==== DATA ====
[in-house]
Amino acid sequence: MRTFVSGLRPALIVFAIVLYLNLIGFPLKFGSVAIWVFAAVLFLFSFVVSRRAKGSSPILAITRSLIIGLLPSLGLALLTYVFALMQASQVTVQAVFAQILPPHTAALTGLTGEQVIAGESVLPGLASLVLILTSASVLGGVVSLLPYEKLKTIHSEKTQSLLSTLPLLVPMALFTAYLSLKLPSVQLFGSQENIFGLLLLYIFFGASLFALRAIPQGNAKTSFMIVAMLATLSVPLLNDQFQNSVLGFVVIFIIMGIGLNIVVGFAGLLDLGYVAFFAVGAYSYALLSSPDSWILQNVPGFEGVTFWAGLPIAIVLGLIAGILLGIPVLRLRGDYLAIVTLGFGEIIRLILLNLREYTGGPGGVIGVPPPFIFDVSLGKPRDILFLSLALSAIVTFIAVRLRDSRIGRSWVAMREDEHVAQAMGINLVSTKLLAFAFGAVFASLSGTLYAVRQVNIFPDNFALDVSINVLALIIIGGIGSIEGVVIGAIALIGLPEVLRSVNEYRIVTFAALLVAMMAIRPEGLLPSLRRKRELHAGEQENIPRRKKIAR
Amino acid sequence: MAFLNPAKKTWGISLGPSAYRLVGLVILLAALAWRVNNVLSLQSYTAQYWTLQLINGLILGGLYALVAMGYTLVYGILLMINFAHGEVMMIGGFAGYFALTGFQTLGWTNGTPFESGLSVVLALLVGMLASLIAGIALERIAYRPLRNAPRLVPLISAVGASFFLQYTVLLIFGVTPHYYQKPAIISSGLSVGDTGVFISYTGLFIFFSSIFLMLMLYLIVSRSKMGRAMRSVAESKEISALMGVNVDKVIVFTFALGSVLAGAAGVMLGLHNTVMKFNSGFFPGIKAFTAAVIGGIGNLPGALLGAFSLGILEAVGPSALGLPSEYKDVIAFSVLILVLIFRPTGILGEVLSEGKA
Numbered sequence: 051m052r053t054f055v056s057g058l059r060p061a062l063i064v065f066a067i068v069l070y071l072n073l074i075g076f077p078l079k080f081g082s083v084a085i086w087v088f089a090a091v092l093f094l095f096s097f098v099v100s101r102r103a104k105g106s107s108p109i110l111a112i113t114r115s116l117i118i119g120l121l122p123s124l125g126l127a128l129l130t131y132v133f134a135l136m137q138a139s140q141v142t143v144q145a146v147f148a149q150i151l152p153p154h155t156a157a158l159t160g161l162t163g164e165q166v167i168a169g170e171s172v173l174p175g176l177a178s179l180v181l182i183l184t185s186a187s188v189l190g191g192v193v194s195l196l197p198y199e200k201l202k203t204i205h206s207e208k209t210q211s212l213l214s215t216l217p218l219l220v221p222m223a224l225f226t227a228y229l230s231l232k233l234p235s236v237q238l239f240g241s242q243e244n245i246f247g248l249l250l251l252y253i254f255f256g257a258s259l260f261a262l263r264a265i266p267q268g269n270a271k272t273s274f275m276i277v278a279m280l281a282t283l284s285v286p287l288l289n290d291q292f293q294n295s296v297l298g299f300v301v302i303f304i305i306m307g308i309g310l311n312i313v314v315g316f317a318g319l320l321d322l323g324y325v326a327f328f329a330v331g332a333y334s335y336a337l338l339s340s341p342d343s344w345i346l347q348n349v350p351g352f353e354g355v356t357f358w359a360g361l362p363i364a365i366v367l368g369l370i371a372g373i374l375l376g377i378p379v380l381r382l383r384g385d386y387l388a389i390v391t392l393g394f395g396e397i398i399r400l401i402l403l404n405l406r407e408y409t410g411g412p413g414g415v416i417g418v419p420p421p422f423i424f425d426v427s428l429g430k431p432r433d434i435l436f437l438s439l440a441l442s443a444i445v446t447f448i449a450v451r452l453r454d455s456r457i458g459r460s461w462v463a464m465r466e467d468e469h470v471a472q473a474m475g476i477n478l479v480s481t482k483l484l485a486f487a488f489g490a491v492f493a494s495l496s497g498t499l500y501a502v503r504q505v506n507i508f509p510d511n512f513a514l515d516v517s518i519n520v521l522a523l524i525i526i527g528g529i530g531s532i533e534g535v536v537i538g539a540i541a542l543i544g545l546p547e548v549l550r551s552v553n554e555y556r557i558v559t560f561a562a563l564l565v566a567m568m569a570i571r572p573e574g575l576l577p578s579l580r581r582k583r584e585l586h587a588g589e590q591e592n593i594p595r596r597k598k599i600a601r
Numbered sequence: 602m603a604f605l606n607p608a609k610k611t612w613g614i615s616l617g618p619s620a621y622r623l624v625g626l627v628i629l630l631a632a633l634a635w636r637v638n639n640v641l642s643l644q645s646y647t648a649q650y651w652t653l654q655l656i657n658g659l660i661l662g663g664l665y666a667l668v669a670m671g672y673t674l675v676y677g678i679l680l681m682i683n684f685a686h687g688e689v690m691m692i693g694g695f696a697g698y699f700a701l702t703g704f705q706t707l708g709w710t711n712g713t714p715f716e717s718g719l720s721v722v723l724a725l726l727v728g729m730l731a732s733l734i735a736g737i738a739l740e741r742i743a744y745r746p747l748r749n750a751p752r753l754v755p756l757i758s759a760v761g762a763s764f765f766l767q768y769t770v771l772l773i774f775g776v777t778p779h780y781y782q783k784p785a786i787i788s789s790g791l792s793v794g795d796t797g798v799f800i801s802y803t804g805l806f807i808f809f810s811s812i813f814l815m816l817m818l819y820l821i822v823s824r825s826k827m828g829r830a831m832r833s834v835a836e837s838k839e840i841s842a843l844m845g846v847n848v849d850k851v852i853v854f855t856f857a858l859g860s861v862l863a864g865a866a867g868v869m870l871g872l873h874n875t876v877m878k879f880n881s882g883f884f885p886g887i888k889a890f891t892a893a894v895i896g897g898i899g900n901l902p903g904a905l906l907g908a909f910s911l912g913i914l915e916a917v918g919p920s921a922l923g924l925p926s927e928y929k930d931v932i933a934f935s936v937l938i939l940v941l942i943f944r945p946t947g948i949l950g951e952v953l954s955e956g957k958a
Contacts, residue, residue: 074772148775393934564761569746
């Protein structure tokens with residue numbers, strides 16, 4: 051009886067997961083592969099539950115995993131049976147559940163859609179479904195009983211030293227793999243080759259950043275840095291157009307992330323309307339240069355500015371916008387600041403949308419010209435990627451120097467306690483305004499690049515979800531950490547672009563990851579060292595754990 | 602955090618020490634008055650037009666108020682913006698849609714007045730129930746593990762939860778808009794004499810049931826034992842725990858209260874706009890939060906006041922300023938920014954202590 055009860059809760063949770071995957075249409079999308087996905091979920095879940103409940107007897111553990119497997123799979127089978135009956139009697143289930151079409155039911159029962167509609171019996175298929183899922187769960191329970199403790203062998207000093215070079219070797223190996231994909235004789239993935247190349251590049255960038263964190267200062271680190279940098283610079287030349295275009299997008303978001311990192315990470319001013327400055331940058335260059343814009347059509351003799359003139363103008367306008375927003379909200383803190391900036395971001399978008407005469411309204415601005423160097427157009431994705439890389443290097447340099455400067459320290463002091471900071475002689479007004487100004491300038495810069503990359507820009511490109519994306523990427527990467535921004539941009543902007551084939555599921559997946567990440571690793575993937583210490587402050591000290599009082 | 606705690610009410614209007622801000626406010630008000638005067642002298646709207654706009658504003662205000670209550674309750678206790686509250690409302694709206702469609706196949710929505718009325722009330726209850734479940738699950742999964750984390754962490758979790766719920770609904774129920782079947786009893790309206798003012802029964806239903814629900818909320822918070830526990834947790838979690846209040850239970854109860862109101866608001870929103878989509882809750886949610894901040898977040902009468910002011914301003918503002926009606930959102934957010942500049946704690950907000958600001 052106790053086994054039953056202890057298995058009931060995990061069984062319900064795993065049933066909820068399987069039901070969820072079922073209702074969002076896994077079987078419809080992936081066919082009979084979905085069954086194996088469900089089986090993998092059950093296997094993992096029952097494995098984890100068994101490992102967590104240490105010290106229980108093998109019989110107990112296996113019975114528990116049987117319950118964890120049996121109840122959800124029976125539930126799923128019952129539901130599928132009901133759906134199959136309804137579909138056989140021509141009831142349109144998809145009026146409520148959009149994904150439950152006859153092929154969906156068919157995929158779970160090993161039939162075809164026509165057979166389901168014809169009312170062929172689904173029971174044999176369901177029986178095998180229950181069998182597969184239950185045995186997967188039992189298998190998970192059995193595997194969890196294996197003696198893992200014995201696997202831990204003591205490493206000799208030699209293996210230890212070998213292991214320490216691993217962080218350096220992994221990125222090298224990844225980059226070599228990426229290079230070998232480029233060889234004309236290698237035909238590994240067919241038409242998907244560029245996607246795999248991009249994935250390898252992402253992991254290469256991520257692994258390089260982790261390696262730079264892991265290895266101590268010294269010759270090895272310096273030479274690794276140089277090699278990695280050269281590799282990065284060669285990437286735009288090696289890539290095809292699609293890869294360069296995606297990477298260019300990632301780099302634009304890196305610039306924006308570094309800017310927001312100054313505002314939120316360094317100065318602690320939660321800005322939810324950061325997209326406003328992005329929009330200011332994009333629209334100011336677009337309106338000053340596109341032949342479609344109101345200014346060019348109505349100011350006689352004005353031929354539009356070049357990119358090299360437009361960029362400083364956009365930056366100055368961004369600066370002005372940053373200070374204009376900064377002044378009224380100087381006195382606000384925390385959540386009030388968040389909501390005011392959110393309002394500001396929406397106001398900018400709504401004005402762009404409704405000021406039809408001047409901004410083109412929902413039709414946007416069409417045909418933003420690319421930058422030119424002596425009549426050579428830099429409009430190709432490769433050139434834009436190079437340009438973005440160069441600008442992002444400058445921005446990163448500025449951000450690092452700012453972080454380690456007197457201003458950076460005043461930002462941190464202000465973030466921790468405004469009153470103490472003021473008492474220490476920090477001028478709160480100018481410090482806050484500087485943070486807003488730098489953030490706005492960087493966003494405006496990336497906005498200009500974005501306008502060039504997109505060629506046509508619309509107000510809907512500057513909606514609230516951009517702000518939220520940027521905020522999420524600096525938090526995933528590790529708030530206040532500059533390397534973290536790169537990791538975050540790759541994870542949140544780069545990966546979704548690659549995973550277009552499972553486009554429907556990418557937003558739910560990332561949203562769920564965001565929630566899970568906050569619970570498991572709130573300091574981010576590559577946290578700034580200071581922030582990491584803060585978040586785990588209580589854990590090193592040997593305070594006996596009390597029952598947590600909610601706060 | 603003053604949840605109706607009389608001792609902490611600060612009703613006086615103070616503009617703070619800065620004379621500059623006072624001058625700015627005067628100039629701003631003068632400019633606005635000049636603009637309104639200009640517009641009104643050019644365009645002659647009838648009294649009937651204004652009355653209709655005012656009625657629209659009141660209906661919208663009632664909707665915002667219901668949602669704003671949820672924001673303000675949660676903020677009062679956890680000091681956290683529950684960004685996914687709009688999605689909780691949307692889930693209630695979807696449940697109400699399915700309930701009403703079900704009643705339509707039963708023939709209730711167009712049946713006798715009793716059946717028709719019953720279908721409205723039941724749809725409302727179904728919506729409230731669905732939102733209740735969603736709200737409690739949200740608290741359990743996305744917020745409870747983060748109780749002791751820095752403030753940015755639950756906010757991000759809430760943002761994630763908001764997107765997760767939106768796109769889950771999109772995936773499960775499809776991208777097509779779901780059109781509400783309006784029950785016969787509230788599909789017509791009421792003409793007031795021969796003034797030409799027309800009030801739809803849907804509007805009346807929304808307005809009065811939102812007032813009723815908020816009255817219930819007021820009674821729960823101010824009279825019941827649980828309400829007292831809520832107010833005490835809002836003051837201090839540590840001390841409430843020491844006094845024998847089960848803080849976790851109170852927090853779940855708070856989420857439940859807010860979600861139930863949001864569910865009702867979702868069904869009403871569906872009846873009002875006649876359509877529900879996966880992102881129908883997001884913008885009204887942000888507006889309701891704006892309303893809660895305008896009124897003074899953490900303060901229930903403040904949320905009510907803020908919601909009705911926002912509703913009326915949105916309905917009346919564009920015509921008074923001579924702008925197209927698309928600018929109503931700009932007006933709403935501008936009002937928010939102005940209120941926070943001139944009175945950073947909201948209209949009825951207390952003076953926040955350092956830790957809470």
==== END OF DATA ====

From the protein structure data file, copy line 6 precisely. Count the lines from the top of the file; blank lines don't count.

Contacts, residue, residue: 074772148775393934564761569746